Born in Jacksonville, IL, to carpenter Willis Webb Polk, Willis J. Polk began on his career very early, actually working with a local contractor by the time he was eight years old. At age 13 he joined architect Jerome B. Legg as an office boy, and by 1885 he and his father had launched a partnership in Kansas City (W. W. Polk & Son. His partnership with his father only lasted about two years, however; and in 1887 he took advantage of the work of Boston firm Van Brunt & Howe which had moved to Kansas City. With Van Brunt & Howe he learned the theories current then in the architectural community and actually began an odyssey across the United States, working for several architects, and attending classes led by William Robert Ware at Columbia University.
Two years later Polk joined the A. Page Brown and moved to San Francisco. Polk entered several partnerships during these early years, including an association again with his father and brother: Fritz Maurice Gamble and Polk & Polk (1892 - 1896). Following his father's retirement from the firm in 1896, Polk was forced to declare bankrupcy.
Polk was also very active in his profession, often writing about the terms of good design. Architectural News, published in 1890-1891, was his attempt to counteract what he saw as the more conservative California Architect and Building News.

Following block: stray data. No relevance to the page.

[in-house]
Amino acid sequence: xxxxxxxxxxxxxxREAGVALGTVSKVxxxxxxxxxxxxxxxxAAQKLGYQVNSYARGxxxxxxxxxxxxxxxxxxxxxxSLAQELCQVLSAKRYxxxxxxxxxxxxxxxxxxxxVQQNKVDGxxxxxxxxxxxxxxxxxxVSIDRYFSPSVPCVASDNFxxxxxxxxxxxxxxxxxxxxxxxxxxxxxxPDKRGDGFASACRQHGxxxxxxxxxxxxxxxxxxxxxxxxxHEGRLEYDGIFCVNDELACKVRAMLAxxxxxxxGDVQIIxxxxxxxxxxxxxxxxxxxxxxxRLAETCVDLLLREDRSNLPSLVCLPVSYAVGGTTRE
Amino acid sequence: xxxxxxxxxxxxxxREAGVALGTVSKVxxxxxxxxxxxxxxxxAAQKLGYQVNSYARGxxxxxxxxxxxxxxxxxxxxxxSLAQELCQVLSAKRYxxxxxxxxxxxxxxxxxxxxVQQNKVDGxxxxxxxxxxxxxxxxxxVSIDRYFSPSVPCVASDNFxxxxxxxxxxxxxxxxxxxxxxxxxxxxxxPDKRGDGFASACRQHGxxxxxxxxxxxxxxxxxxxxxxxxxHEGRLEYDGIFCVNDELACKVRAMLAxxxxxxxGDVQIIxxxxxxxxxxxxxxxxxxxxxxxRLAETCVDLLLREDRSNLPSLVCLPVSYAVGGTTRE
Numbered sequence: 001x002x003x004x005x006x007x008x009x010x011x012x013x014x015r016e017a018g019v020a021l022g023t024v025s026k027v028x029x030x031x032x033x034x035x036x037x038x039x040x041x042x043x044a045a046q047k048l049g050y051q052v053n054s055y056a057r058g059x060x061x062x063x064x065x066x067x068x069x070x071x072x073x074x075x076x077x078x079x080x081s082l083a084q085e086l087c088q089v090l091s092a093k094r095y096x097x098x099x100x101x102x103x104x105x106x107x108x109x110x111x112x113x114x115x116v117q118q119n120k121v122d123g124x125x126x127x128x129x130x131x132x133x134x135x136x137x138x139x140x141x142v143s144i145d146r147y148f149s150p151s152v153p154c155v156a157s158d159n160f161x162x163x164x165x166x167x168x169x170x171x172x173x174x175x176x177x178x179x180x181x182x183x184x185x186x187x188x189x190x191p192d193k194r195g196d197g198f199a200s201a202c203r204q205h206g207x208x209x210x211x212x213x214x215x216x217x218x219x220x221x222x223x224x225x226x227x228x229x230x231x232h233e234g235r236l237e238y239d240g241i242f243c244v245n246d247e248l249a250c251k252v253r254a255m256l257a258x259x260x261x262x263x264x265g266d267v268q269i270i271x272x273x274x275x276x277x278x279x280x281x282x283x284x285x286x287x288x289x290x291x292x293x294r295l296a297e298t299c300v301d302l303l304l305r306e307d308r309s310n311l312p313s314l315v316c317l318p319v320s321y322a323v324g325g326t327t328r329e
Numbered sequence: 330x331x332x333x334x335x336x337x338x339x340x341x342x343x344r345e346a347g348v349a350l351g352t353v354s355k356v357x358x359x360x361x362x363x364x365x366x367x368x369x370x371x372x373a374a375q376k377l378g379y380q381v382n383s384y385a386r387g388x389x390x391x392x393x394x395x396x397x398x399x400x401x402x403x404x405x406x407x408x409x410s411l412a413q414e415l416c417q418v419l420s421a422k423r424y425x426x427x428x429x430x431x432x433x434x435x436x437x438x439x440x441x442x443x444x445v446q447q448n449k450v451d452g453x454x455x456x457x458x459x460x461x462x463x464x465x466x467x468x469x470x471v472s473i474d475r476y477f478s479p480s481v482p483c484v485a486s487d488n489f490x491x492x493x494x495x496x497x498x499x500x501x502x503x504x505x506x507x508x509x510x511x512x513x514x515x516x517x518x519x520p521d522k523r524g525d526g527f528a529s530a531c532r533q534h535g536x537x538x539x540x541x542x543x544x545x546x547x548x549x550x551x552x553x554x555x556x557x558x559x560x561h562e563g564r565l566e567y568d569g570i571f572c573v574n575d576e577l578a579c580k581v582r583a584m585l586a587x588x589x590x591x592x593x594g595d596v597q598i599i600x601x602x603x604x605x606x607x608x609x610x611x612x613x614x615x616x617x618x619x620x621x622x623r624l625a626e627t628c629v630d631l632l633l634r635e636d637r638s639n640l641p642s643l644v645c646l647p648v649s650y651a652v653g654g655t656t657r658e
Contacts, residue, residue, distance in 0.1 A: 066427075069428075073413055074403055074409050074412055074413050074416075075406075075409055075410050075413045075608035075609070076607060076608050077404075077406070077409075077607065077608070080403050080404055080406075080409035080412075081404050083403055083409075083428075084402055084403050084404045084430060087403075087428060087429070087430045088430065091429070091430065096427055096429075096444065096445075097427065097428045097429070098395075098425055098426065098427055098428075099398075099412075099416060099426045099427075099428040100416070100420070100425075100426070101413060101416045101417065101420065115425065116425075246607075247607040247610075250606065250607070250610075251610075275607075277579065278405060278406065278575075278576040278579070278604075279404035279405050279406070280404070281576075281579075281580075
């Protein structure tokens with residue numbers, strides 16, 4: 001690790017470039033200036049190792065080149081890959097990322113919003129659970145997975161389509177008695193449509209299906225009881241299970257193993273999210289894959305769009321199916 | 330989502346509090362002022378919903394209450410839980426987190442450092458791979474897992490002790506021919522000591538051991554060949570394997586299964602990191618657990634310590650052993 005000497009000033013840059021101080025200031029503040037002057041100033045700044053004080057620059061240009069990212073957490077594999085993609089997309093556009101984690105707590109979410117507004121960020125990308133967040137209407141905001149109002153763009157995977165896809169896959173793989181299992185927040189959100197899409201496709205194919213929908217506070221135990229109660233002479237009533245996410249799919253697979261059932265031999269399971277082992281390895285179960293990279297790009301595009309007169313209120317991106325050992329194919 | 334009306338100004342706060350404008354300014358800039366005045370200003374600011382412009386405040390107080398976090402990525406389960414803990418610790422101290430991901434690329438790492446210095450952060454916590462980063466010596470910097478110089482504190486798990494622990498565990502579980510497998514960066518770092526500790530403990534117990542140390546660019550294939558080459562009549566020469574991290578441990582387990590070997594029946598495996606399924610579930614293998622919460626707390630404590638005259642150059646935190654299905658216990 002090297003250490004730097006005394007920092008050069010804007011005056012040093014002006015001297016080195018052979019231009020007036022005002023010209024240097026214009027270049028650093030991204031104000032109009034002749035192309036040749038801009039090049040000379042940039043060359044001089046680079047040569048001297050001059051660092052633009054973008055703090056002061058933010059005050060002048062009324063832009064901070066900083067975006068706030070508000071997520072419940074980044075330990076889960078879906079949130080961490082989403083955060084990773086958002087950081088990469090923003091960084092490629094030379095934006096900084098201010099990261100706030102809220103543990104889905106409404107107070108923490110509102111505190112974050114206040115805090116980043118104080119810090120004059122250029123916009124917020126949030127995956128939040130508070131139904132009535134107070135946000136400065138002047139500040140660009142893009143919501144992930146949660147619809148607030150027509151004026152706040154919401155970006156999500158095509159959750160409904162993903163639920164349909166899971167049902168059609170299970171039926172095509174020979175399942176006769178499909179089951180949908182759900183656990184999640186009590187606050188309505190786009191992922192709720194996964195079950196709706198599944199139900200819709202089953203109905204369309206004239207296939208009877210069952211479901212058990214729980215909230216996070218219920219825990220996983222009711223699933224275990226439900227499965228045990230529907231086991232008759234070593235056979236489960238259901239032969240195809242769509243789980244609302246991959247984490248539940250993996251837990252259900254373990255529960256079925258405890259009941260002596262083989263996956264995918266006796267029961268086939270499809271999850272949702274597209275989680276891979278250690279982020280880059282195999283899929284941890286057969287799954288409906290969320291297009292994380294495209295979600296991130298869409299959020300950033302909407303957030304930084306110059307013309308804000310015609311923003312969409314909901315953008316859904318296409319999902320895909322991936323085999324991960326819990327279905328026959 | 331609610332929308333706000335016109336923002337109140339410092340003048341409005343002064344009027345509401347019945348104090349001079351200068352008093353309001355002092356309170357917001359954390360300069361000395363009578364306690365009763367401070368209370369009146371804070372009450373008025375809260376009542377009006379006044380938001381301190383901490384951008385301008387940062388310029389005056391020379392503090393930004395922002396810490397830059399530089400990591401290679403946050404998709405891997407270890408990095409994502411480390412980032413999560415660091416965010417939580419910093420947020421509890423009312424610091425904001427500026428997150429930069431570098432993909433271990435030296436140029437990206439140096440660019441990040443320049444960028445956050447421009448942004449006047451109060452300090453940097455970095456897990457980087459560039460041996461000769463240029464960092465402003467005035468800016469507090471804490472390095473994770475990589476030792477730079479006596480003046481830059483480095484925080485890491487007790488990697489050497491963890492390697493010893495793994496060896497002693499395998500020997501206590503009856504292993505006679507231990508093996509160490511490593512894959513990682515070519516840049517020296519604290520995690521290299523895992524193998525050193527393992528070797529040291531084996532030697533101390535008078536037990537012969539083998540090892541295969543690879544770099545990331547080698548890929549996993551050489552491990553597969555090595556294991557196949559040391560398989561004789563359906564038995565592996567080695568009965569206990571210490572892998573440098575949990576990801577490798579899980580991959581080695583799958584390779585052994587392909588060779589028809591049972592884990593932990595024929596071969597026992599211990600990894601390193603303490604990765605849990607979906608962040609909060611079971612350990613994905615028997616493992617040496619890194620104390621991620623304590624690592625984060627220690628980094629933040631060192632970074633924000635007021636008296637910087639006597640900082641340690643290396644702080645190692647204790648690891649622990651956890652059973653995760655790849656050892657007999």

In 1892 Polk moved to Chicago to work with Daniel H. Burnham, but he returned to San Francisco in 1903 and entered yet another partnership, this time with George Alexander Wright. This partnership lasted until 1906, but Polk maintained his ties with Burnham, working with him on a masterplan for the city of San Francisco (1904-1906). In 1906 when Burnham opened a formal office in California, Polk headed the office. Then in 1910 when Burnham closed his San Francisco office, Polk again opened his own firm and in 1911 was commissioned as the supervising architect of the Panama-Pacific International Exposition, and became active in the effort to save the Exposition's Palace of Fine Arts when the fair closed in 1915. His interest in conservation and restoration is also reavealed by the 1920 restoration of Mission Dolores in San Francisco. The office continued to operate until 1934, 10 years after Polk's death.
Sandra L. Tatman.
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